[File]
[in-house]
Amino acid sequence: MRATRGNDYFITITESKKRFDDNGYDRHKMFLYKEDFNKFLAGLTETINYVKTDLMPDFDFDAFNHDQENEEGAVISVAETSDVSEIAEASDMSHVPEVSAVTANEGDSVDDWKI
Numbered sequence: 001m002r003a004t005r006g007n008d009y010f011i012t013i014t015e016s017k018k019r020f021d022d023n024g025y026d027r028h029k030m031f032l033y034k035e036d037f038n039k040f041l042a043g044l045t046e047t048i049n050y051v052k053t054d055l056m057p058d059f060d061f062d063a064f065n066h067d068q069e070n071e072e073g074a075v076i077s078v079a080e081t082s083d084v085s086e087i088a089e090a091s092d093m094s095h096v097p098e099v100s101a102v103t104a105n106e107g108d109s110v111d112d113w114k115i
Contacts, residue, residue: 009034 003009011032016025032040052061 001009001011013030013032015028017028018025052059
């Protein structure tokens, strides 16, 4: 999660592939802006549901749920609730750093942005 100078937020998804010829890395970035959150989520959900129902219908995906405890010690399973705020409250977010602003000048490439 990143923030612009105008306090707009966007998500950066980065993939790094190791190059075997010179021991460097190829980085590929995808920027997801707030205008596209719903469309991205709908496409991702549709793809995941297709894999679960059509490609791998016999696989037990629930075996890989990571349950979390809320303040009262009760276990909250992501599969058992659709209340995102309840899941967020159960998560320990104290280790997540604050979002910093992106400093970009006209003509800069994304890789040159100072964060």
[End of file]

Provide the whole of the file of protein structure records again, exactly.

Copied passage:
[in-house]
Amino acid sequence: MRATRGNDYFITITESKKRFDDNGYDRHKMFLYKEDFNKFLAGLTETINYVKTDLMPDFDFDAFNHDQENEEGAVISVAETSDVSEIAEASDMSHVPEVSAVTANEGDSVDDWKI
Numbered sequence: 001m002r003a004t005r006g007n008d009y010f011i012t013i014t015e016s017k018k019r020f021d022d023n024g025y026d027r028h029k030m031f032l033y034k035e036d037f038n039k040f041l042a043g044l045t046e047t048i049n050y051v052k053t054d055l056m057p058d059f060d061f062d063a064f065n066h067d068q069e070n071e072e073g074a075v076i077s078v079a080e081t082s083d084v085s086e087i088a089e090a091s092d093m094s095h096v097p098e099v100s101a102v103t104a105n106e107g108d109s110v111d112d113w114k115i
Contacts, residue, residue: 009034 003009011032016025032040052061 001009001011013030013032015028017028018025052059
């Protein structure tokens, strides 16, 4: 999660592939802006549901749920609730750093942005 100078937020998804010829890395970035959150989520959900129902219908995906405890010690399973705020409250977010602003000048490439 990143923030612009105008306090707009966007998500950066980065993939790094190791190059075997010179021991460097190829980085590929995808920027997801707030205008596209719903469309991205709908496409991702549709793809995941297709894999679960059509490609791998016999696989037990629930075996890989990571349950979390809320303040009262009760276990909250992501599969058992659709209340995102309840899941967020159960998560320990104290280790997540604050979002910093992106400093970009006209003509800069994304890789040159100072964060």